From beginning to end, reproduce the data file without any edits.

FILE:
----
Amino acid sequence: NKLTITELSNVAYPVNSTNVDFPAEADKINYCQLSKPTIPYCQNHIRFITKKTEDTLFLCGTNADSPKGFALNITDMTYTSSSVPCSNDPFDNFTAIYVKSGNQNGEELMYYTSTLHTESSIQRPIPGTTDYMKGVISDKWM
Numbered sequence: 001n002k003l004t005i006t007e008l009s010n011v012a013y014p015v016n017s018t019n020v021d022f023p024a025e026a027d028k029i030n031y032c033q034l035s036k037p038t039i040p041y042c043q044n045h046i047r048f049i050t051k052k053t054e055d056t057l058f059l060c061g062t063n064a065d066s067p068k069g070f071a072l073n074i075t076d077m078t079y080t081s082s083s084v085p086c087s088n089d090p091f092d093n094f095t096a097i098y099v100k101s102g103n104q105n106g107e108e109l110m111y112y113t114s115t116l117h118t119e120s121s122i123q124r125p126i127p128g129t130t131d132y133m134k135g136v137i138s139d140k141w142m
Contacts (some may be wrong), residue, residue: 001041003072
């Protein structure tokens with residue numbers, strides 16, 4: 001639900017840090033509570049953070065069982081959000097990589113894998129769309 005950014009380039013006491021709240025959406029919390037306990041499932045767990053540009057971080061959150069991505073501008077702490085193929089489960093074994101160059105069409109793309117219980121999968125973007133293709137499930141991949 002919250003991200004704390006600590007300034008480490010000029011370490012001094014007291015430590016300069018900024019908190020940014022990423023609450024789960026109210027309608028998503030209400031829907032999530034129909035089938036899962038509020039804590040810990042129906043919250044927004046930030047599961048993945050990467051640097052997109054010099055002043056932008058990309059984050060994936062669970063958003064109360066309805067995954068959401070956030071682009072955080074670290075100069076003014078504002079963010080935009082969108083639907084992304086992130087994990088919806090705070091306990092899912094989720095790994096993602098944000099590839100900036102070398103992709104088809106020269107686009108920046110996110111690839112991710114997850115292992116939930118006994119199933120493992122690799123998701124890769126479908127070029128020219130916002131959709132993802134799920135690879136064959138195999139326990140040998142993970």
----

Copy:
Amino acid sequence: NKLTITELSNVAYPVNSTNVDFPAEADKINYCQLSKPTIPYCQNHIRFITKKTEDTLFLCGTNADSPKGFALNITDMTYTSSSVPCSNDPFDNFTAIYVKSGNQNGEELMYYTSTLHTESSIQRPIPGTTDYMKGVISDKWM
Numbered sequence: 001n002k003l004t005i006t007e008l009s010n011v012a013y014p015v016n017s018t019n020v021d022f023p024a025e026a027d028k029i030n031y032c033q034l035s036k037p038t039i040p041y042c043q044n045h046i047r048f049i050t051k052k053t054e055d056t057l058f059l060c061g062t063n064a065d066s067p068k069g070f071a072l073n074i075t076d077m078t079y080t081s082s083s084v085p086c087s088n089d090p091f092d093n094f095t096a097i098y099v100k101s102g103n104q105n106g107e108e109l110m111y112y113t114s115t116l117h118t119e120s121s122i123q124r125p126i127p128g129t130t131d132y133m134k135g136v137i138s139d140k141w142m
Contacts (some may be wrong), residue, residue: 001041003072
């Protein structure tokens with residue numbers, strides 16, 4: 001639900017840090033509570049953070065069982081959000097990589113894998129769309 005950014009380039013006491021709240025959406029919390037306990041499932045767990053540009057971080061959150069991505073501008077702490085193929089489960093074994101160059105069409109793309117219980121999968125973007133293709137499930141991949 002919250003991200004704390006600590007300034008480490010000029011370490012001094014007291015430590016300069018900024019908190020940014022990423023609450024789960026109210027309608028998503030209400031829907032999530034129909035089938036899962038509020039804590040810990042129906043919250044927004046930030047599961048993945050990467051640097052997109054010099055002043056932008058990309059984050060994936062669970063958003064109360066309805067995954068959401070956030071682009072955080074670290075100069076003014078504002079963010080935009082969108083639907084992304086992130087994990088919806090705070091306990092899912094989720095790994096993602098944000099590839100900036102070398103992709104088809106020269107686009108920046110996110111690839112991710114997850115292992116939930118006994119199933120493992122690799123998701124890769126479908127070029128020219130916002131959709132993802134799920135690879136064959138195999139326990140040998142993970």